Judiciary Committee Passes Elect-the-AG Amendment

The Senate moved closer to changing the state Constitution by calling for the popular election of the attorney general in a Senate Judiciary Committee vote Tuesday.

The committee voted 5-4, basically along party lines, although one Republican, Sen. Doug Overbey of Maryville, voted against the measure. Overbey has also voted against such a move in the past.

The resolution moves to the Senate Finance Ways and Means Committee.

The resolution passed in the Senate last year but failed in the House. Its prospects of advancement are seen as heightened by the makeup of the current Legislature, where Republicans advocating the move — or something similar — hold a substantial majority.

Sen. Mae Beavers, R-Mt. Juliet, sponsored the resolution, which would make the attorney general the only other state officeholder other than governor to be elected statewide.

Beavers’ contention is that the attorney general is currently appointed in a process that is “twice removed” from the will of the people.

The state’s attorney general is appointed by the state Supreme Court. But the impact of the controversial Tennessee Plan, where appellate judges are chosen by the governor from a nominating commission, has altered the debate on the attorney general.

Critics of the current system insist the Tennessee Plan, which subjects Supreme Court judges to retention elections, means the Supreme Court is not duly elected. Merits of the Tennessee Plan itself are also at issue in the current Legislature.

Beavers believes chances for success on the attorney general resolution are good.

“I have confidence that it will pass again in the Senate and a lot of confidence it will pass the House this time,” Beavers said after Tuesday’s vote.

Changing the Constitution is a long process. In order to be approved, both the current Legislature and the next Legislature must pass the measure — by simple majority in the current General Assembly and by a two-thirds vote in the next one. Only then can the issue be put to voters in a referendum in the same year as the next gubernatorial election. So it would be 2014 before the voters could decide.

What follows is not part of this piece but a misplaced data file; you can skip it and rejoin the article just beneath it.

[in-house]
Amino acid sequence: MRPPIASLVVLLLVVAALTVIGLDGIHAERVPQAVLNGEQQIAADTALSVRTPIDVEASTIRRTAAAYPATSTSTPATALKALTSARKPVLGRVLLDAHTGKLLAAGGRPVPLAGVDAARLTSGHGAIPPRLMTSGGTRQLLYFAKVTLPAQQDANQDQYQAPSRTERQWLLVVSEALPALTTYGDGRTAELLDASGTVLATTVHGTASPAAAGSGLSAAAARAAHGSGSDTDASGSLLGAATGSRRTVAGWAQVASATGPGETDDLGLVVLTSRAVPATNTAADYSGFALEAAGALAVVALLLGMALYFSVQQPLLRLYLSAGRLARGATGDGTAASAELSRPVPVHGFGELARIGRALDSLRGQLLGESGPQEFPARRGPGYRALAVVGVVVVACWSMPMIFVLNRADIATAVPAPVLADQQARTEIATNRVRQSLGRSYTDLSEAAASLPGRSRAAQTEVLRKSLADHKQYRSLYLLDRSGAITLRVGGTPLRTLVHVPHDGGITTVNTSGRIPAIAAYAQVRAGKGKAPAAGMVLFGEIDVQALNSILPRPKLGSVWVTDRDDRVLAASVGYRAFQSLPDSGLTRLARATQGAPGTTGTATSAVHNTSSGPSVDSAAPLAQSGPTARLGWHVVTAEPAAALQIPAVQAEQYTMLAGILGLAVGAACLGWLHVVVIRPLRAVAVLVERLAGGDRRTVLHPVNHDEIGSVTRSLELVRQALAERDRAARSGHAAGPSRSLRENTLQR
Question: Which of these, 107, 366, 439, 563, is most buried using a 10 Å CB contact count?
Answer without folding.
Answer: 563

Some of the enthusiasm for a change appears to lie in the fact Tennessee’s current attorney general, Robert Cooper, has not followed the wishes of Republicans in the Legislature on requests like challenging the federal health care act and for not filing a friend of the court brief on behalf of Tennessee in support of Arizona on immigration law.

Beavers said Tuesday she has heard from Tennessee Supreme Court Chief Justice Cornelia Clark that the court does not take a position on the resolution.

Overbey said he believes he is upholding conservative values by opposing the resolution.

“I am a conservative, and to me the conservative approach is the traditional approach,” Overbey said after Tuesday’s vote. “I think the true conservative approach is to look at tradition and say this has been the Tennessee tradition. It’s what has been in the Constitution since 1870.”

Overbey said the people who have served as attorney general have performed well and rendered good service to the state.

Beavers also objects to the nature of the relationship between the attorney general and the Supreme Court, since the attorney general argues cases before the same people who appoint the attorney general.

Sen. Beverly Marrero, D-Memphis, pointed out in the committee meeting that there has been no corruption in the attorney general’s performance under the current system.

Allan Ramsaur, executive director of the Tennessee Bar Association, told the committee the current system is the least political and most objective possible. He said an elected official in the position would be subject to political pressures.